The Guilty Disneyland Parent Syndrome

written by Fred Campos

The Guilty Disneyland Parent by Fred Campos, @FullCustodyDad bloggerFour years ago, I wrote a post for Rachel & Dr. Leah’s blog. Here is re-post of that popular explanation of the non-custodial parent who is consumed with guilt. This is a continuation of my series that started with The Disneyland Parent Syndrome Defined.

I have had full custody of my wonderful 10 year old daughter for the last 6 years. I now have two school age kids (and one on the way), and my wife and I have a very structured, organized, and well run family. We have calendars of planned activities, pre-decided well balanced meals, homework places at the table, reading logs, and regularly scheduled bedtimes.

However, every other year we take a major vacation and go to Disney World or some other exciting place and do—the unthinkable. I let the kids sleep in the same bed, eat out several times a day – extremely fattening food, stay up late, sometimes they even miss a bath, and I give them unexpected gifts. “Why do I do this?” I dedicate this time to spend 24/7 with my kids. I love and miss them very much and vacations are my time to break the rules. We all look forward to it!

Let’s consider a traveling father in a nuclear family who comes home from his out of town work, kisses his wife, and sneaks into his kids bedrooms and wakes them up. He pulls out gifts he bought, loads them into the car in pajamas and takes them to get a big fat banana split. His wife says, “Honey, it’s an hour past their bedtime, they don’t need the sugar and they have school in the morning.” He says, “Yeah, but I missed them.” She smiles, he leaves, and she thinks to herself, “He’s such a good daddy. He misses our kids. I’ll get them back on schedule tomorrow.” She forgives him and gives him some grace.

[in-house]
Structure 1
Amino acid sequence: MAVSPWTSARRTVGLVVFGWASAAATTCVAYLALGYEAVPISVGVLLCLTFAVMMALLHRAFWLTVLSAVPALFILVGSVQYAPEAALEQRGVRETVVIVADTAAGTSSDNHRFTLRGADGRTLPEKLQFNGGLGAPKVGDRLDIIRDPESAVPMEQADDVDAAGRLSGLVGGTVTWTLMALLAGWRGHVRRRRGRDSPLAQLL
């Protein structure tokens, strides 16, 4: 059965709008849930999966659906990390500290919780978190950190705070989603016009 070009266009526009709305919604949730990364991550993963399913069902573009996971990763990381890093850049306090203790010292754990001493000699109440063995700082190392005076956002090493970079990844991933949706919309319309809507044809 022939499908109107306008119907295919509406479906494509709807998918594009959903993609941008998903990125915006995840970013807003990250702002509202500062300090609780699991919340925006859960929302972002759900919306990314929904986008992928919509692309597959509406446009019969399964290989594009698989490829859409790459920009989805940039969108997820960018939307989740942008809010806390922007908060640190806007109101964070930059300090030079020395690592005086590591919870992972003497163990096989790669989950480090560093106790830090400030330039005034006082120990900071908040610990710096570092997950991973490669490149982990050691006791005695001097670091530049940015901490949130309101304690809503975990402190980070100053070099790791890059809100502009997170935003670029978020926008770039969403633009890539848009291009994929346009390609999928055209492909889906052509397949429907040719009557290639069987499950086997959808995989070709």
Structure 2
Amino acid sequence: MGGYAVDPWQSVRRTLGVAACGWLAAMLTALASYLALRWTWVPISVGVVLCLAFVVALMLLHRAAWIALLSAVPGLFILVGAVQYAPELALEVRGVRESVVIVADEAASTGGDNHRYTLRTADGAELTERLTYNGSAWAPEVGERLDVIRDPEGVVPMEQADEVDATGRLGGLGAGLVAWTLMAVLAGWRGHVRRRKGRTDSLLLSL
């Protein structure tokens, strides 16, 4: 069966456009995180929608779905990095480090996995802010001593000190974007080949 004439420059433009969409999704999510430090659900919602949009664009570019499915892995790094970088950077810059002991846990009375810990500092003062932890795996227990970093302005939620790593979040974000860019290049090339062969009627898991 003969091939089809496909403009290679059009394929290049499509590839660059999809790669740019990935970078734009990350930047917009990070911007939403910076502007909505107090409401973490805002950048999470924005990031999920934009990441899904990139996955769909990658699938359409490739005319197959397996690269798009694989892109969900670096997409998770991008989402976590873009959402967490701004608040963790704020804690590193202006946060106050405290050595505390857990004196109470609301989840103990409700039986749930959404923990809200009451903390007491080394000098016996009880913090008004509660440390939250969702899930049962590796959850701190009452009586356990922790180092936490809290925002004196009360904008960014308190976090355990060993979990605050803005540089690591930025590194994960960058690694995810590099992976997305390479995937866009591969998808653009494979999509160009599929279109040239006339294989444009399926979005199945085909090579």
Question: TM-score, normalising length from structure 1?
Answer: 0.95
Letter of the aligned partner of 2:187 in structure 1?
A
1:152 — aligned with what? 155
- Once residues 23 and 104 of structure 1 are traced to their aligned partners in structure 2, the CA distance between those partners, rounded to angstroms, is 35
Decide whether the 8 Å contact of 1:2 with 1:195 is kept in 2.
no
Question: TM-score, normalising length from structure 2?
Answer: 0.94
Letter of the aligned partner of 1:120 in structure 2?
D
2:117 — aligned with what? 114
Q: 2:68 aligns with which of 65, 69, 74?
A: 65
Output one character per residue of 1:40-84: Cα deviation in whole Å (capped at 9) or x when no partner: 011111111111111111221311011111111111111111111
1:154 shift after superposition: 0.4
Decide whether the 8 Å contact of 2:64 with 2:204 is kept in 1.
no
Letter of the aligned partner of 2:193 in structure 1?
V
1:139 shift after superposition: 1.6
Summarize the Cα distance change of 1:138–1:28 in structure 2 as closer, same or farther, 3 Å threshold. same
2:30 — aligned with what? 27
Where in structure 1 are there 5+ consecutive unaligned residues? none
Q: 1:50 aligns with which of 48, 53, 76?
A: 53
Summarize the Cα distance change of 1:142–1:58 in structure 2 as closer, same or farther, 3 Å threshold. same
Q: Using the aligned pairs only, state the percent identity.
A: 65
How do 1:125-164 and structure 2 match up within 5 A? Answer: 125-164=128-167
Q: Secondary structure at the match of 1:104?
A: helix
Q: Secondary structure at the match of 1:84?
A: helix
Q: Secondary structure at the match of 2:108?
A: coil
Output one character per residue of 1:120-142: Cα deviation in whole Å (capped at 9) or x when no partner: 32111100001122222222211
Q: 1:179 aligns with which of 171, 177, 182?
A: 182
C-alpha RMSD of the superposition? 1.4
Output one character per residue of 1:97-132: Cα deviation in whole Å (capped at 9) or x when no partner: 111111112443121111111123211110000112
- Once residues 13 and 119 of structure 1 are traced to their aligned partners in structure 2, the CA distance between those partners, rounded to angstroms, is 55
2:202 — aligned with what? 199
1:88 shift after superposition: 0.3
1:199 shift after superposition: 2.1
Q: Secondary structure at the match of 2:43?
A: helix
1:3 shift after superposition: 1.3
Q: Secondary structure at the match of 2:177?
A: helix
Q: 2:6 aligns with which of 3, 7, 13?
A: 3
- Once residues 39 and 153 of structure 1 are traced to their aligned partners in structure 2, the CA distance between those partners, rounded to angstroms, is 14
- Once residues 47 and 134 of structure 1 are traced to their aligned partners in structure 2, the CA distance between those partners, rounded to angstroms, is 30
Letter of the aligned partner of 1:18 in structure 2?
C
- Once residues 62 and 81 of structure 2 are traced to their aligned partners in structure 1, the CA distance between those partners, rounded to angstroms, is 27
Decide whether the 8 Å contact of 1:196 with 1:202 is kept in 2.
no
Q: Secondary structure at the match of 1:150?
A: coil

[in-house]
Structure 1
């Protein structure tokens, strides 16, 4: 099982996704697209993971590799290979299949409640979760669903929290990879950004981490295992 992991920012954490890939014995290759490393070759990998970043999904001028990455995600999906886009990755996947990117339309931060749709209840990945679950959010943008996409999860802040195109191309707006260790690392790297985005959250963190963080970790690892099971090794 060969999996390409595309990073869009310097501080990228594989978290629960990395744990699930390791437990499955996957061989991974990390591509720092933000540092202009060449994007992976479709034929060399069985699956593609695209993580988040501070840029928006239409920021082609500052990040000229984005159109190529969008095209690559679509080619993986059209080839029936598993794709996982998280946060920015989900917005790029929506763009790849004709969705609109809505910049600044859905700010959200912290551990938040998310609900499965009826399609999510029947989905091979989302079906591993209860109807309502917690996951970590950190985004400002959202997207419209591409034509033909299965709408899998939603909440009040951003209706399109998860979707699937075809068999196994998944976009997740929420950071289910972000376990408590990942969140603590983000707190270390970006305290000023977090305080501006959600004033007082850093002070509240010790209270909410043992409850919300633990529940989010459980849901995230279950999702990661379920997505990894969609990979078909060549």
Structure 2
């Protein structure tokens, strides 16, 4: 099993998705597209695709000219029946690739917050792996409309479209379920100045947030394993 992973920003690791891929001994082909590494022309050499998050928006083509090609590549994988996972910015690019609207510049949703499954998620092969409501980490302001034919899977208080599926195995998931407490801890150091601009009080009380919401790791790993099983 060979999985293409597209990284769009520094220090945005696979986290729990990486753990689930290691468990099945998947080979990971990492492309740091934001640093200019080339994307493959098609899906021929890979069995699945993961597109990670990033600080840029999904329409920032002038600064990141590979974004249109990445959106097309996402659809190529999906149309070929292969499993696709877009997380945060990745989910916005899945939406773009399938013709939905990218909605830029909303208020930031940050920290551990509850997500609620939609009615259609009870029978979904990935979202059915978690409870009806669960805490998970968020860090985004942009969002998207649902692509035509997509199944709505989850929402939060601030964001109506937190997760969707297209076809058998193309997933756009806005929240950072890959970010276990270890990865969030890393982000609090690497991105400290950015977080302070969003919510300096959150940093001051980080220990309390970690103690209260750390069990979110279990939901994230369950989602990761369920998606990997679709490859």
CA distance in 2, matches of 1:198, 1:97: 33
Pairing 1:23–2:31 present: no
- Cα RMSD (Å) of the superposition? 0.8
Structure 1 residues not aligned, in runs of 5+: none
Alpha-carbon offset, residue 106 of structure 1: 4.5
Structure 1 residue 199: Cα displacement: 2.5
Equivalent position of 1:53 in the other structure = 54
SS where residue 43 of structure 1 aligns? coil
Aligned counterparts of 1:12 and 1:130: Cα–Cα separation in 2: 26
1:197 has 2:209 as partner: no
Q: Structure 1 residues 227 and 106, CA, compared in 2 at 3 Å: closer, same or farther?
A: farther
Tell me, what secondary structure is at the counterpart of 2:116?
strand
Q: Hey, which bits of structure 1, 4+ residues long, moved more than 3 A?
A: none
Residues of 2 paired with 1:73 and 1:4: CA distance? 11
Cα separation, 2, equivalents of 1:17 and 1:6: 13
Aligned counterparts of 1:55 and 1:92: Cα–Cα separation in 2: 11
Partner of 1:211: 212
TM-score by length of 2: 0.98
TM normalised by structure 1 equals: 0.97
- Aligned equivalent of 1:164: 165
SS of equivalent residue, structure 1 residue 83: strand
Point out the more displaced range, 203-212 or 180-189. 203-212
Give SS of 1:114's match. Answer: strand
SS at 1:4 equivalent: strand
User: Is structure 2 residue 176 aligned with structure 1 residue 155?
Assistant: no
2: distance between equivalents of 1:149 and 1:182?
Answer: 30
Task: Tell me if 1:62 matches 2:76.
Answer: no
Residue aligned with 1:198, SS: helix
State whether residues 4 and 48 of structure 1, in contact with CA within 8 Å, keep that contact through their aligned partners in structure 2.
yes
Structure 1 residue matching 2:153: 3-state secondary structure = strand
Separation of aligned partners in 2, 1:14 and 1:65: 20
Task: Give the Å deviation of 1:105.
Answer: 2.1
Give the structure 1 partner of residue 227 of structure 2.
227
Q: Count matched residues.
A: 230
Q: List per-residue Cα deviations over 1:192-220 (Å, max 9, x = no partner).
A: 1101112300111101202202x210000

Most of the time, non-custodial parents are often hurting, missing their kids and wanting to make up for time missed. They want to enjoy the kids and we, the structured custodial parents, are bitter about “getting them back on schedule tomorrow.” We vent to the Ex, vindictiveness kicks in as a response from the Ex and now the pattern is repeating and becoming other things like manipulation, revenge, and selfishness (perhaps on both sides). I am by NO means excusing the repeated behavior of the Ex as vacations DON’T last forever. Exs need to come back from vacation and work on being good co-parents. Both sides need to recognize the “Disneyland Parent Syndrome” and break the pattern.

Are you and your Ex caught in this cycle? Is the “other parent” a Guilty Disneyland Parent? How do you think it can be dealt with?

Fred Campos is father to three and primary custodian to his daughter Caitlyn from a previous relationship. Image courtesy of ImageryMajestic at



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